That’s exactly what Albert Einstein did when the numbers did not lead anywhere meaningful; he picked up his violin and allowed his mind to stop juggling numbers. And just like Einstein had his own unique way of stopping, you and I have our own ways: perhaps taking a walk, or cooking, or reading a book, or doing some yard-work. Anything that takes our minds off task.

I believe that good health is also a part of this. After all, it would be extremely difficult, if not downright impossible, for someone living with chronic pain or depression, to be in tune with something beyond themselves. I say this because to me, being in tune with something beyond myself, suggests expansion, and at times when our health suffers, we withdraw, disengage, fade and contract, that is – the exact opposite.
Good health, the ability to let go and faith in something greater than the self, opens the doorway to a mystical and magical dimension where the unimaginable happens and the genius appears.

Jan 252016

I have very clear recollections of my earliest experiences with music. Listening to music as a one, two and three year old baby, music was pure magic. It was an actual mystical experience, with no notes, voices, instruments etc’, unmatched by anything else that this baby knew. It wasn’t just about sounds. It transported me beyond and out of the physical dimension of our reality.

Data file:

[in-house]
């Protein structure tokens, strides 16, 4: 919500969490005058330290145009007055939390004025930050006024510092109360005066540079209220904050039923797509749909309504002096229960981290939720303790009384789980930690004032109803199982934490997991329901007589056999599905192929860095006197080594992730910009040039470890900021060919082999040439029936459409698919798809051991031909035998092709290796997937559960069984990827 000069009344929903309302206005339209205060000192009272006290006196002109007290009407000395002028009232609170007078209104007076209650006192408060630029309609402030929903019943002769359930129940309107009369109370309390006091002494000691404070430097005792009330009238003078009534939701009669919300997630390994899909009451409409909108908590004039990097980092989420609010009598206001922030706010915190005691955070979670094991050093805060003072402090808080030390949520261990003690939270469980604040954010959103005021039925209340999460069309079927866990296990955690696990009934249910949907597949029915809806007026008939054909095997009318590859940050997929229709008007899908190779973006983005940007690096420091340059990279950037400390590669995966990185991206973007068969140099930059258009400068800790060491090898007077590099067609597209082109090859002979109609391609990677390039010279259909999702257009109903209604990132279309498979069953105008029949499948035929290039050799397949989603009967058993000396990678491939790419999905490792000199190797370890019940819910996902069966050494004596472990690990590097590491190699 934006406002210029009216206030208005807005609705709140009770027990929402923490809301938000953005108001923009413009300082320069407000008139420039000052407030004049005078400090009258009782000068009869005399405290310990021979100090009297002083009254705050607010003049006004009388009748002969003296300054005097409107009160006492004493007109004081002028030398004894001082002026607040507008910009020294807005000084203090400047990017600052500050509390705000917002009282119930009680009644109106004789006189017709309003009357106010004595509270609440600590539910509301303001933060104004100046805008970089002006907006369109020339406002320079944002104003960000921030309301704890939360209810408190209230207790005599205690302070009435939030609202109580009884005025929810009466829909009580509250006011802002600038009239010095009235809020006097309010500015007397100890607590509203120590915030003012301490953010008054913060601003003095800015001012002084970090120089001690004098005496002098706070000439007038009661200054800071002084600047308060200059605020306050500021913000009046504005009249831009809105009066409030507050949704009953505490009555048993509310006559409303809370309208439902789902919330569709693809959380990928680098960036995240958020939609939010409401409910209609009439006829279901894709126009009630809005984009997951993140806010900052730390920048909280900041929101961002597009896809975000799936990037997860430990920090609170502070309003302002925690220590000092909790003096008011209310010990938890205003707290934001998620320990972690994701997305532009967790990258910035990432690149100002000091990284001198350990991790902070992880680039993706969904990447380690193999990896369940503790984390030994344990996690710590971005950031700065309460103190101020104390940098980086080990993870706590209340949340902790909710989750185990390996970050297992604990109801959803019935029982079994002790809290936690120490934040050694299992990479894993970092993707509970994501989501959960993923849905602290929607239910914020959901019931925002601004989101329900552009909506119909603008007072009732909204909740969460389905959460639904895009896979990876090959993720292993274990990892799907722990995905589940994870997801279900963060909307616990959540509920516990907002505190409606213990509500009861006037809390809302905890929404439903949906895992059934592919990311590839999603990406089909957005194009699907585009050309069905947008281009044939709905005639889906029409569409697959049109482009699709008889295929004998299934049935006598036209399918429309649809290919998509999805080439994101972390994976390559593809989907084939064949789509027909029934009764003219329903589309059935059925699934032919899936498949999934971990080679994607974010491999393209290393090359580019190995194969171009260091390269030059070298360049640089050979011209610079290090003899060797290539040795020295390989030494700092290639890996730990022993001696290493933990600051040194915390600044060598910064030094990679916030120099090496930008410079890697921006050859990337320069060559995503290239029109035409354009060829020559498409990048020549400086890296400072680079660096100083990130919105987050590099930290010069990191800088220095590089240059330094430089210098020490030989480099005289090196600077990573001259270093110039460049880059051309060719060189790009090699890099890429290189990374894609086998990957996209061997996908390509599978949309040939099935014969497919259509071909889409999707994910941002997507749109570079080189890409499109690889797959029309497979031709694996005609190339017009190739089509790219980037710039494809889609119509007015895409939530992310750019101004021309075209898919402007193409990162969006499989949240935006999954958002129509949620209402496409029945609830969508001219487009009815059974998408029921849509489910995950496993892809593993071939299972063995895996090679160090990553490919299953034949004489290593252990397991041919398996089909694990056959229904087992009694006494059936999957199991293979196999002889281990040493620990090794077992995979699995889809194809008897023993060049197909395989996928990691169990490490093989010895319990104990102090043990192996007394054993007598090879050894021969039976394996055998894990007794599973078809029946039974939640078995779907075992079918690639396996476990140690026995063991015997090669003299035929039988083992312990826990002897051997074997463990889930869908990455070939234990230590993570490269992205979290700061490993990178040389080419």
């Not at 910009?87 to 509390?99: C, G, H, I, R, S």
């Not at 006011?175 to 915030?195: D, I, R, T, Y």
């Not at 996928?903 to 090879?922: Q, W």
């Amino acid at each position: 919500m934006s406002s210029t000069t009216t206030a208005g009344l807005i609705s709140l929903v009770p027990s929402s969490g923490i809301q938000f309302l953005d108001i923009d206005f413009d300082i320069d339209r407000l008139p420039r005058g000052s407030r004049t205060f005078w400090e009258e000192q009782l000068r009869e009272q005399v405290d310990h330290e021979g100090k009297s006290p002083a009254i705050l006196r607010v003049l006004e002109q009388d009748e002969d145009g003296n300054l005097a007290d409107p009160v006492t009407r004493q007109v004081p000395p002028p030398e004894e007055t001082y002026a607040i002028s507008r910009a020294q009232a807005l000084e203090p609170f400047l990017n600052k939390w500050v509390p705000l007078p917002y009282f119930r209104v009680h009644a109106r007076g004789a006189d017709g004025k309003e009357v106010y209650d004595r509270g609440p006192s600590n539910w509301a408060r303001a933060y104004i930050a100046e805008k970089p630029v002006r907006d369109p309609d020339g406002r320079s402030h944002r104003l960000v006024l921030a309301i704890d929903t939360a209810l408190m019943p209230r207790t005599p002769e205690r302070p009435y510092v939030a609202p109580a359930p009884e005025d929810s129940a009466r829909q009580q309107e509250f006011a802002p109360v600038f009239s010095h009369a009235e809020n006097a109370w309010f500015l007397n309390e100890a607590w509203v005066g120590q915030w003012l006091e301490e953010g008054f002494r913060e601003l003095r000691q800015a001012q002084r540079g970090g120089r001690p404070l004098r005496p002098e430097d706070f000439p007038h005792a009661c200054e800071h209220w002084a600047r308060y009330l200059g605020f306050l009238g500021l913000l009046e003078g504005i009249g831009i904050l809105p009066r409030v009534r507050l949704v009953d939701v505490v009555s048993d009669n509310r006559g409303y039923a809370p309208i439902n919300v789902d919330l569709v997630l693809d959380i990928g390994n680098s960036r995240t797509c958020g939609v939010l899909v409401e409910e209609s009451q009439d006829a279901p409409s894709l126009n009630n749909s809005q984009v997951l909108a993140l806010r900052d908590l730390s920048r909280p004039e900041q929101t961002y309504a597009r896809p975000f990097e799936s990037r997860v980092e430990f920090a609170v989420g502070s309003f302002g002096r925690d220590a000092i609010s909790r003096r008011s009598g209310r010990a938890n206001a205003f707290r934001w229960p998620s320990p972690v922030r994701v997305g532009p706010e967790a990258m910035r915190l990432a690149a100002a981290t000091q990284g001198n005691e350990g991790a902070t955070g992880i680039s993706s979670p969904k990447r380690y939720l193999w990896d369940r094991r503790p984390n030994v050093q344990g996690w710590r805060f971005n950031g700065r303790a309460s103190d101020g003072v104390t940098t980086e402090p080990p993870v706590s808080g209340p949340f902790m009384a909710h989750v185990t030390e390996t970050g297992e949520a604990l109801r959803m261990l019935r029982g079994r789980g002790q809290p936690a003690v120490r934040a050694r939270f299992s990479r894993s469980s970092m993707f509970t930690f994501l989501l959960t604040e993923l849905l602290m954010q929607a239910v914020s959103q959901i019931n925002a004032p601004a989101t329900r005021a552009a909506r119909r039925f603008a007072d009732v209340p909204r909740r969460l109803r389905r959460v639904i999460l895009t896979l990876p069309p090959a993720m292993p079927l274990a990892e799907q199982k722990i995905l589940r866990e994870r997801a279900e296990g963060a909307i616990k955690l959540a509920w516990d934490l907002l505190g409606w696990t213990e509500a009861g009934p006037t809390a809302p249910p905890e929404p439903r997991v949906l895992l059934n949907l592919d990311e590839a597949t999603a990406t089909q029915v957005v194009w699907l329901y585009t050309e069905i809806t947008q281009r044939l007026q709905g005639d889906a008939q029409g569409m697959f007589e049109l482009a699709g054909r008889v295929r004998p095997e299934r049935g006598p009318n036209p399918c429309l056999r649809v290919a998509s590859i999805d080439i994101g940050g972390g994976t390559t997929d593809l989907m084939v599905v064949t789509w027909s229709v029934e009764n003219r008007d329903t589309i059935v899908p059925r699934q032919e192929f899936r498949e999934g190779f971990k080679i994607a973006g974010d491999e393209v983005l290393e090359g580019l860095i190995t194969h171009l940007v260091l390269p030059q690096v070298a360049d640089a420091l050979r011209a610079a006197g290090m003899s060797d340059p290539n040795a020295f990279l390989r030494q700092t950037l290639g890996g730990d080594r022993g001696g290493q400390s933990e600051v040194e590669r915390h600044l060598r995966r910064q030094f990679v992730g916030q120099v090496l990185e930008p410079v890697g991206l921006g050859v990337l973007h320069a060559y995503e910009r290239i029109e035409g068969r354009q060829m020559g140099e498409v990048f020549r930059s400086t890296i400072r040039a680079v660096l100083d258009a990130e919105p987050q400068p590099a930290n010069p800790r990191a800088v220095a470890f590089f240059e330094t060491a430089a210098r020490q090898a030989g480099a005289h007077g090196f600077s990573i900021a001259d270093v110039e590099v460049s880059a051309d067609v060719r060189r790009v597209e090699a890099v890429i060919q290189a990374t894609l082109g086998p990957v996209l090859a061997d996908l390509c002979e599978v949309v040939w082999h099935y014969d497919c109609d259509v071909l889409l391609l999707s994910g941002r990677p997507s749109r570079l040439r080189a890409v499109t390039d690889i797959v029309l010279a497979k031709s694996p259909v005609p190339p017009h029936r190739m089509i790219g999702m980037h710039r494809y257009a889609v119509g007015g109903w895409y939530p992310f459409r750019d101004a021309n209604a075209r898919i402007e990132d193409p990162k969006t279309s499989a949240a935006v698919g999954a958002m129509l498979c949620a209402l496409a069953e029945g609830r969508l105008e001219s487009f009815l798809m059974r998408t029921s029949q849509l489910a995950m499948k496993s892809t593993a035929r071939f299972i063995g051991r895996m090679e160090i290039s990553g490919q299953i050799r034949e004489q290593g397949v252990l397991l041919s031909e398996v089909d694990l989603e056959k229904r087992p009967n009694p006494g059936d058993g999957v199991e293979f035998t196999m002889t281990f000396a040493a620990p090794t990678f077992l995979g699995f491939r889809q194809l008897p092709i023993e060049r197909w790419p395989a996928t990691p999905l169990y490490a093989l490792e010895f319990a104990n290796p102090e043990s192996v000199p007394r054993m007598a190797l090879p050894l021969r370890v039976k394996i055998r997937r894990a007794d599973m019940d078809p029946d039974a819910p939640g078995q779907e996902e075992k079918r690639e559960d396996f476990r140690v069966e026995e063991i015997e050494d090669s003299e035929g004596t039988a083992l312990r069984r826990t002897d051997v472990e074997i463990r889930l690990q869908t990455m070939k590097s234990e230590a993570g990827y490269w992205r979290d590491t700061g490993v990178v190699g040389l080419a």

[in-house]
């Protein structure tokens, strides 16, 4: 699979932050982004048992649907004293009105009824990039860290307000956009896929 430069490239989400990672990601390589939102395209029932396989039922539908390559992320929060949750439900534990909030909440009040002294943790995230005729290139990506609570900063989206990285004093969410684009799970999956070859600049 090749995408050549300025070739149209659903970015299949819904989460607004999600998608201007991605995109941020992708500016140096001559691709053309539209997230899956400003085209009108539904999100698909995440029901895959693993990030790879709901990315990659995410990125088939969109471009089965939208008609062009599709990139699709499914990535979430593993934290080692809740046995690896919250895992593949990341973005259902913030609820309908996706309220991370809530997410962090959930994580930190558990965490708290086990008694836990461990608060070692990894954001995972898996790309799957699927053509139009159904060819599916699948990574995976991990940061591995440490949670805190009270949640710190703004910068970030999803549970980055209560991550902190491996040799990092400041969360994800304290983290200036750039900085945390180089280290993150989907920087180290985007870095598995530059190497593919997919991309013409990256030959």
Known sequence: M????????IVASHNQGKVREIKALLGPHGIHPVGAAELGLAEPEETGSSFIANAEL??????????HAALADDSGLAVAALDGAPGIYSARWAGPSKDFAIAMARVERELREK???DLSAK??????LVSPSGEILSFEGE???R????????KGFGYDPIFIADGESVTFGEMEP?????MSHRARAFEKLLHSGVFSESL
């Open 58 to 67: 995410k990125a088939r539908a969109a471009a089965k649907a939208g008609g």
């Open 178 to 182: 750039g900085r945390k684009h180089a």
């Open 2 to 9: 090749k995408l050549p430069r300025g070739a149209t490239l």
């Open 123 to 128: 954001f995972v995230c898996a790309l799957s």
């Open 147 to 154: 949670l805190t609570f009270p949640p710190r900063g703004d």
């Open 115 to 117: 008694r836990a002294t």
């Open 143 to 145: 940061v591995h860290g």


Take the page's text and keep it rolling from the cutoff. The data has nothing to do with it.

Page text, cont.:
In fact, I can vividly remember myself siting in my parents’ living room, on the carpet, in front of the speaker, listening to music. At some later point in time, I suddenly saw the speaker in front me. In between the first and second time of my noticing the speaker, I wasn’t there. I have no idea where I’ve been. But I do remember that I was fascinated and not at all asleep.

At the age of five, I picked up my first musical instrument. In the years that followed I practiced almost every day, learned music theory, listened to an increasingly larger and more diverse body of music, composed music, got an undergraduate degree in music and worked as a professional musician for many years.
In all these years and with all this hard work, I tried to become better as a musician. With every bit of progress that I’ve made, I was unknowingly losing something. I was coming closer to one thing, at the expense of getting farther away from something else.

What I was losing was the magic. The mystery and the mystical experience were no longer there. By the time I realized this, they were not there for already a very long time. The word remained the same – that is: Music – but it was transformed from a non-physical experience that cannot be grasped, into a bunch of data that was easily understood and devoid of anything magical: names of notes, rhythms, instruments, styles, tempos, keys etc’.